The place is more boutique like now, but hardly pretentious. There’s a floor with standard rooms and on the upper level a more hostel like setup (where you’re likely to find cheapskates like us), with shared bathrooms. It’s not steerage class on the Titanic like some hostels, but quite pleasant. There’s a couple community rooms with TVs and stuff. Artwork of all kinds covers the walls – there’s nary space left to put a postage stamp. Not terribly busy during the week (based on our stay), the place picks up come weekend. It seem particularly popular with the motorcycle fraternity.
There’s a pub downstairs. Mid-week it’s pretty peaceful with few customers about but come Friday, like the mythical Scottish Town Brigadoon, it springs to life for a short time, people appearing seemingly out of nowhere. A band plays, the beer flows and the kitchen is kept busy. It’s packed, noisy, chaotic and crazy. The musicians are a causal grouping of friends. Like most bands that play these small town venues, the perform for the shear pleasure of it.
Everyone’s allowed up on stage to belt out a tune. Few are very good at it, but no one really cares. It’s not about that, it’s the fun that counts. At least everyone tries hard. County tunes are the theme of the day (aaaaah, childhood flashbacks). Locals, what looks to be the entire town, mix with hotel guests, people from the community campground across the road, and those who come in from other places to partake in the fun. Strangers become friends. There’s an old Studebaker pickup parked out front. The proprietor of White Trash, Ymir’s premiere garbage hauling service, takes time from his busy day to stop in for drink. Or two.
Bouncing from table to table is everyone’s best bud…well he is as long as you’re buying. He stops by for a chat and a pint. The action sometimes spills outside. It’s more like a house-party. Team BIGDoer simply wanders about catching the show. Sometimes we’re in the thick of it, other times set back. Few seem to notice. We head outside, other times we wander the noisy but empty hotel halls. We can hear the music everywhere!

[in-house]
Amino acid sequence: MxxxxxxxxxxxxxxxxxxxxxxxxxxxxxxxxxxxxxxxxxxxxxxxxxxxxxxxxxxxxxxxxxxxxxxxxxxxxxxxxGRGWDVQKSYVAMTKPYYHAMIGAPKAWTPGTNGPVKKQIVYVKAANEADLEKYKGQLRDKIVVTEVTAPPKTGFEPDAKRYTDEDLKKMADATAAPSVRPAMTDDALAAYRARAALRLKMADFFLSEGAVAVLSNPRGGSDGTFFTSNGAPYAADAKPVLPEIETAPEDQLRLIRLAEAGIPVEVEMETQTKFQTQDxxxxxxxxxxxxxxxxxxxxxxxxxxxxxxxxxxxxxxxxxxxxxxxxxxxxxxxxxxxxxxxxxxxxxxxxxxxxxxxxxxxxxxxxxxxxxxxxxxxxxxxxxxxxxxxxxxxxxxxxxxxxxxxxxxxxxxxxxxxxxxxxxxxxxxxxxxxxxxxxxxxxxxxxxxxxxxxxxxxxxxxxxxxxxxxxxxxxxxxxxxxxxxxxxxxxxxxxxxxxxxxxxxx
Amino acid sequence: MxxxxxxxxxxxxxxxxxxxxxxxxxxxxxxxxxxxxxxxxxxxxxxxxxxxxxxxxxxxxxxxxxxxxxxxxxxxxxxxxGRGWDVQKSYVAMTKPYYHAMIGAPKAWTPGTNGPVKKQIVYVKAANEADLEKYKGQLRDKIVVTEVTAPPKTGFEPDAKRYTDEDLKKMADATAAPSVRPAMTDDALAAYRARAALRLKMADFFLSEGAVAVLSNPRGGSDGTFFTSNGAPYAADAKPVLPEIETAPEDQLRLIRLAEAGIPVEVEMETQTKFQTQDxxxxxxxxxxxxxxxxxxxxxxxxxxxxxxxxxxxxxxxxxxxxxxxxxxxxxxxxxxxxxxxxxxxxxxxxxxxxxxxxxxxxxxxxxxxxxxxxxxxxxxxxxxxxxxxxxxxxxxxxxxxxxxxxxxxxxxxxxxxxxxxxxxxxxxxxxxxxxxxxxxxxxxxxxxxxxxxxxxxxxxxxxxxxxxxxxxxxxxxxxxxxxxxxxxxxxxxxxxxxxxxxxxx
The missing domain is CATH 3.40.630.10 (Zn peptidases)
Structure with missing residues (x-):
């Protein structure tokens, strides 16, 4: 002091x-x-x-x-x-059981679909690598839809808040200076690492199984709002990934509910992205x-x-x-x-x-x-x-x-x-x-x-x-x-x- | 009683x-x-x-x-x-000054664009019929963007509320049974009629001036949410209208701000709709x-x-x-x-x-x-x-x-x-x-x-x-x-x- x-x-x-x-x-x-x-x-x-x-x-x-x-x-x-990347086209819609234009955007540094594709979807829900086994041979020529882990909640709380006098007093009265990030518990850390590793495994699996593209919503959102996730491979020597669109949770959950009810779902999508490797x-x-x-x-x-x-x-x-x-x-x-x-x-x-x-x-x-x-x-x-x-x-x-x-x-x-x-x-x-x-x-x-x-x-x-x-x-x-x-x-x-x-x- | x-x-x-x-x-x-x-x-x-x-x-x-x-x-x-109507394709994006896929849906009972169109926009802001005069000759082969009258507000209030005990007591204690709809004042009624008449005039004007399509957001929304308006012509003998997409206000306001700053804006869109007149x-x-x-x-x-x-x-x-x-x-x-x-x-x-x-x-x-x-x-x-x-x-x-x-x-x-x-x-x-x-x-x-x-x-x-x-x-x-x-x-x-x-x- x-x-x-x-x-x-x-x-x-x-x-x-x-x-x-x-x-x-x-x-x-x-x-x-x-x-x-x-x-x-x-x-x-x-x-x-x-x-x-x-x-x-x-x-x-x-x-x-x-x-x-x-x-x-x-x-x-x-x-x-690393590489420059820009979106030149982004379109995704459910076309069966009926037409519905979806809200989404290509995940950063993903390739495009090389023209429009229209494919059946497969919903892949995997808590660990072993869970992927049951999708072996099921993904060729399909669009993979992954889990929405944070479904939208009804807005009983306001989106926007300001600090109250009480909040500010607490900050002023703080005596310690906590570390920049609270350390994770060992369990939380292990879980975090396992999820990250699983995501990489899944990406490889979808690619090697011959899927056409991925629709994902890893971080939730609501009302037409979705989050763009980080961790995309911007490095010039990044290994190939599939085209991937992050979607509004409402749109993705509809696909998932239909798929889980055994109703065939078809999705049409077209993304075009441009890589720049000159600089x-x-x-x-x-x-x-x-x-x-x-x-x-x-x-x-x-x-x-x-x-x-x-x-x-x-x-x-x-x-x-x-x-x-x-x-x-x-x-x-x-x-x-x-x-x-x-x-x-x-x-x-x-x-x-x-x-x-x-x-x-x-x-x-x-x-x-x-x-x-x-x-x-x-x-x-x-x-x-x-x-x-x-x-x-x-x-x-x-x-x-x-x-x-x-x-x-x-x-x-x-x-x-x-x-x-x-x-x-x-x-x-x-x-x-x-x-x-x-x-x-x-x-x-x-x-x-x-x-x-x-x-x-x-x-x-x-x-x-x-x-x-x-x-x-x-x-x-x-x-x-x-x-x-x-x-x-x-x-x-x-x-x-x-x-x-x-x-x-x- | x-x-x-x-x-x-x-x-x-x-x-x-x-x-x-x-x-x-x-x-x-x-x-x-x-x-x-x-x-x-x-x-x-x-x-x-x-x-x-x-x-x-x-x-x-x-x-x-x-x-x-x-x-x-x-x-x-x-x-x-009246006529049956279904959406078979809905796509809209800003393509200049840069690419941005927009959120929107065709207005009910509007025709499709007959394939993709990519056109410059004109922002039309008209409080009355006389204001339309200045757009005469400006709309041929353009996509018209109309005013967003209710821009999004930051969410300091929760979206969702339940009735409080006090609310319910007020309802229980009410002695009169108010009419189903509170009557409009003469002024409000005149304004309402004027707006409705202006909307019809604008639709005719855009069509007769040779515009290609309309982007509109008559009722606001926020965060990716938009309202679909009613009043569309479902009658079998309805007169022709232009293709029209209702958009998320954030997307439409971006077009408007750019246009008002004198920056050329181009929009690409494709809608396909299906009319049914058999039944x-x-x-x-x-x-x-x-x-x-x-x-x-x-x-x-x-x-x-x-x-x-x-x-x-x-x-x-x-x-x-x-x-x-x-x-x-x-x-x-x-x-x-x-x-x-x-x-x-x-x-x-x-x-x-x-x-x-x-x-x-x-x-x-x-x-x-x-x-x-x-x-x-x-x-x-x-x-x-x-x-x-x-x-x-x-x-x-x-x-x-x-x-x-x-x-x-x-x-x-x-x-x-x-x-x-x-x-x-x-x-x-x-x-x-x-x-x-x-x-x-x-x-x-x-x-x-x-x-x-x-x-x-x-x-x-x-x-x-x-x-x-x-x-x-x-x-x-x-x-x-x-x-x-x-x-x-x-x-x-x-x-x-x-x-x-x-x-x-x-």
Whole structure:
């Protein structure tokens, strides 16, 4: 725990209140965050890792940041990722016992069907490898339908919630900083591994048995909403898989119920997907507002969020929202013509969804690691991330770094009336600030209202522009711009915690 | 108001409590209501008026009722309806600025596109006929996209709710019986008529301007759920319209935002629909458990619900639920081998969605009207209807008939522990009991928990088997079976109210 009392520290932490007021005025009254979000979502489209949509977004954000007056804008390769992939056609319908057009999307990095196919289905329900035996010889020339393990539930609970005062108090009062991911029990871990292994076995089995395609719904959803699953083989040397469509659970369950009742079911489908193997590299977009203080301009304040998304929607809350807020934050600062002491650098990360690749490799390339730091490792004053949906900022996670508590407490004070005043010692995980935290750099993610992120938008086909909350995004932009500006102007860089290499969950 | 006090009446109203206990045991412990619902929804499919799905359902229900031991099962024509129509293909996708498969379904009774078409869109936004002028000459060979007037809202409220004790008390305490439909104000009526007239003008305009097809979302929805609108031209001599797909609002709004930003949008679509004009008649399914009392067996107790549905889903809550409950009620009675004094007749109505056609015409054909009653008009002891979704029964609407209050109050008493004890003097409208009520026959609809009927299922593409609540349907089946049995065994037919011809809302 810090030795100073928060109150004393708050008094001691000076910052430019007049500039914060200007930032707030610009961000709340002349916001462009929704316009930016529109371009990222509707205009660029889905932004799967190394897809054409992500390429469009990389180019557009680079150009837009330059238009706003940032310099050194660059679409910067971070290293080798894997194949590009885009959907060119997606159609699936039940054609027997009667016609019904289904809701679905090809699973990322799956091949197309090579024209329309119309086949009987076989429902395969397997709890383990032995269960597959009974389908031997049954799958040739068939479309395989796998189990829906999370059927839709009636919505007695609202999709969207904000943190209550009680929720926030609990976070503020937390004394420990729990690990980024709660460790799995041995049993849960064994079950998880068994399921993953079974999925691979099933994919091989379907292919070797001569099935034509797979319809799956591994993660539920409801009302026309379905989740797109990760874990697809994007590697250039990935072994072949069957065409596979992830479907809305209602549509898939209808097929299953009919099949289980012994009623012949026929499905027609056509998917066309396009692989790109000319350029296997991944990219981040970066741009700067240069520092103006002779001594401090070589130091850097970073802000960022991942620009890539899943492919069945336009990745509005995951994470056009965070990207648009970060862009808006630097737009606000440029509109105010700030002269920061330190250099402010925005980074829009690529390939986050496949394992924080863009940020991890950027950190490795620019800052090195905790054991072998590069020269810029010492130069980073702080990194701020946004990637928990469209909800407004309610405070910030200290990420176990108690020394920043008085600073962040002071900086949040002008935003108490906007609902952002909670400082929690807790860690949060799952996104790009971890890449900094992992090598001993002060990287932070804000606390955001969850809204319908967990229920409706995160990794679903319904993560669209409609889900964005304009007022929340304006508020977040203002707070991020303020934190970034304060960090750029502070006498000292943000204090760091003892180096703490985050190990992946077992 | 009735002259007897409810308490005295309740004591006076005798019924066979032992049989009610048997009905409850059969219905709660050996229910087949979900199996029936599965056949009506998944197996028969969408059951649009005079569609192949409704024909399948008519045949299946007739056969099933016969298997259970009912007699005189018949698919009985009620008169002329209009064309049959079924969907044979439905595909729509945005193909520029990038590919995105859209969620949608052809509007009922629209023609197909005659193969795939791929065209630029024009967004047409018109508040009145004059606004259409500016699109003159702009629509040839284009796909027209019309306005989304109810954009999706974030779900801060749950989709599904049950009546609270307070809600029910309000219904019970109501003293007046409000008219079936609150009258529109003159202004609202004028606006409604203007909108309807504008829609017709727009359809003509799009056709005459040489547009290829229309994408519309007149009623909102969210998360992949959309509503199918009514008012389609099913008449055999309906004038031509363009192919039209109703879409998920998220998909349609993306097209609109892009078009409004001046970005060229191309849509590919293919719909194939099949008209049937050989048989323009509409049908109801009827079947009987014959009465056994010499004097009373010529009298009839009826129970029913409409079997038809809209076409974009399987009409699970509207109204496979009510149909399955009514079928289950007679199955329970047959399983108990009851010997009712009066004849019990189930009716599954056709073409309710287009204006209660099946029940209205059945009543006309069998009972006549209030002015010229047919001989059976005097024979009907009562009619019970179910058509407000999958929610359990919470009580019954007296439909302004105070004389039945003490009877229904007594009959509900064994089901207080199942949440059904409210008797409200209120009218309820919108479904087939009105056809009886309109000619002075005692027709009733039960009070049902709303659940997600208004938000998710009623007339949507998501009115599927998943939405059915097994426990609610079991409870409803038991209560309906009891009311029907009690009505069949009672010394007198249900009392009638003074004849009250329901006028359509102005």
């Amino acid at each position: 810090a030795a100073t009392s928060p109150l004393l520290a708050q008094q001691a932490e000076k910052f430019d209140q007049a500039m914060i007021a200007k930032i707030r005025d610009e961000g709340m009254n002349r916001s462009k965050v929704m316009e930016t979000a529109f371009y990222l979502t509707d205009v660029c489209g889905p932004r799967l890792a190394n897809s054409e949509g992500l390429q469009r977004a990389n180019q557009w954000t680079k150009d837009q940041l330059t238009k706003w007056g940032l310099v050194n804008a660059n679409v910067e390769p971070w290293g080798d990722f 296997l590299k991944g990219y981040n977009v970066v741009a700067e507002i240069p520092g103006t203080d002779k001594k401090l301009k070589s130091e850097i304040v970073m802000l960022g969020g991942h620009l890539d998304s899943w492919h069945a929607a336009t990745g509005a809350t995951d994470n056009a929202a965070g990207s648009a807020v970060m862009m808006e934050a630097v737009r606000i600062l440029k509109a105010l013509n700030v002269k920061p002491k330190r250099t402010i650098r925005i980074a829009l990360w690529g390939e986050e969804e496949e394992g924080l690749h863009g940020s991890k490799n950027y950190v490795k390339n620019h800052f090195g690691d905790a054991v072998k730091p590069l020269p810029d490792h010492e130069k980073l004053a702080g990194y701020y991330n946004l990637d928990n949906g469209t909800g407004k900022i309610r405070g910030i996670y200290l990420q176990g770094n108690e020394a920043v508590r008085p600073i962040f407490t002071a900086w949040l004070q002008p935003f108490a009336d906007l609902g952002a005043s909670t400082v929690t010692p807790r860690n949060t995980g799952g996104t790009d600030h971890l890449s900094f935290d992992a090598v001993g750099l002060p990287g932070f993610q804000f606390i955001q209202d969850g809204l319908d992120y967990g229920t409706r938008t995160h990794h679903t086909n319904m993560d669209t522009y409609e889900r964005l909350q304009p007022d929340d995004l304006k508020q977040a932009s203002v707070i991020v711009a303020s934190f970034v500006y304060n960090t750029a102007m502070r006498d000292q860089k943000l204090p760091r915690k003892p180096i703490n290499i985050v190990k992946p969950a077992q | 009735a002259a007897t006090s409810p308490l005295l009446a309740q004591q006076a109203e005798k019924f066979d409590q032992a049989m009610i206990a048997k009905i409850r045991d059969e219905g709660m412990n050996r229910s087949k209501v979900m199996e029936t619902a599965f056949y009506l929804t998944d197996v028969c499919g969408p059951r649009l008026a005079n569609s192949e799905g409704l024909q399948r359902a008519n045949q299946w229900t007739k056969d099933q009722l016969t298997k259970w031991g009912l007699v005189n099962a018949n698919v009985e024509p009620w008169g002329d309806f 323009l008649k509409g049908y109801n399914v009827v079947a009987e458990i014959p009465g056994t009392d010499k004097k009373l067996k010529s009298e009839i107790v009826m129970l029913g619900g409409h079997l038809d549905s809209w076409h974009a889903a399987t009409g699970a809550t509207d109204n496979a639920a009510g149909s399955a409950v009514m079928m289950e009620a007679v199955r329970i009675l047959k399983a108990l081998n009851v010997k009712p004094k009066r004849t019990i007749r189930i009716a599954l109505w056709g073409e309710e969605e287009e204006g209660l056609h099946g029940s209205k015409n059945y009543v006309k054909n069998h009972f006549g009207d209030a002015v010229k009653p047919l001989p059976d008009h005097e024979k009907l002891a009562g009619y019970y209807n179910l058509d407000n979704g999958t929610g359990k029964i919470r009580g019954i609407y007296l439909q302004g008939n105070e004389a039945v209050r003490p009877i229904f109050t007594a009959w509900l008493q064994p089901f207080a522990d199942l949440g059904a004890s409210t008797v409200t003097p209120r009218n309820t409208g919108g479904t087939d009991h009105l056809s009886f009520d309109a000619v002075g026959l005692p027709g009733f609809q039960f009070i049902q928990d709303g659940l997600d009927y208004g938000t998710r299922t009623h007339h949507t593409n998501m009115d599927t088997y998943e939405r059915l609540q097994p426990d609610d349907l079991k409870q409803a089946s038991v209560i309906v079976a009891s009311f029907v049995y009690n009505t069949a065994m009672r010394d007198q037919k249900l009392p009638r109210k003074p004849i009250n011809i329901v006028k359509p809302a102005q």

The party continues without abatement. But then, with no explanation or notice, it just up and ends. As quickly as the place filled up, it empties. Didn’t get the memo, but it seems everyone else did. Was a fire alarmed pulled? Is this some kind of roving flash mob? It’s surreal, almost synchronized. Looked up from a beer and everyone’s gone! What the?Without a word everyone knows it’s time to go.
Patron disperse and the band heads out to their palatial tour bus (well, a Subaru I think). Elvis has left the building!
A few hangers-on head down by the river to continues the fun there and I guess we’re invited. We politely decline. They light a bonfire. Within seeming minutes the Hotel Ymir Pub is empty and quiet. Ditto for the streets. Aaaaaaaaa….where’d everyone go? Hello! Anyone? We stumble up to our room and sleep comes easy.
We’ll be gone come morning. The party’s not over at the Hotel Ymir however. Those who “keep the faith” will see that it continues Saturday. Afterwards it’ll enter a quiet phase, one the hotel is no stranger too, ’till the next weekend rolls around when the whole thing’s repeated. Friday nights, the next night too, are a strange busy time in otherwise quiet Ymir. Perhaps not as rip-roaring as in days of old when miners where flush with money and full of piss and vinegar, it’s a a pretty good showing for the forgotten little town.
If you wish more information on what you’ve seen here, by all means contact us!
Date: July, 2016.
Location: Ymir, BC.
Article references (and thanks): Hotel Ymir, YmirBC.com.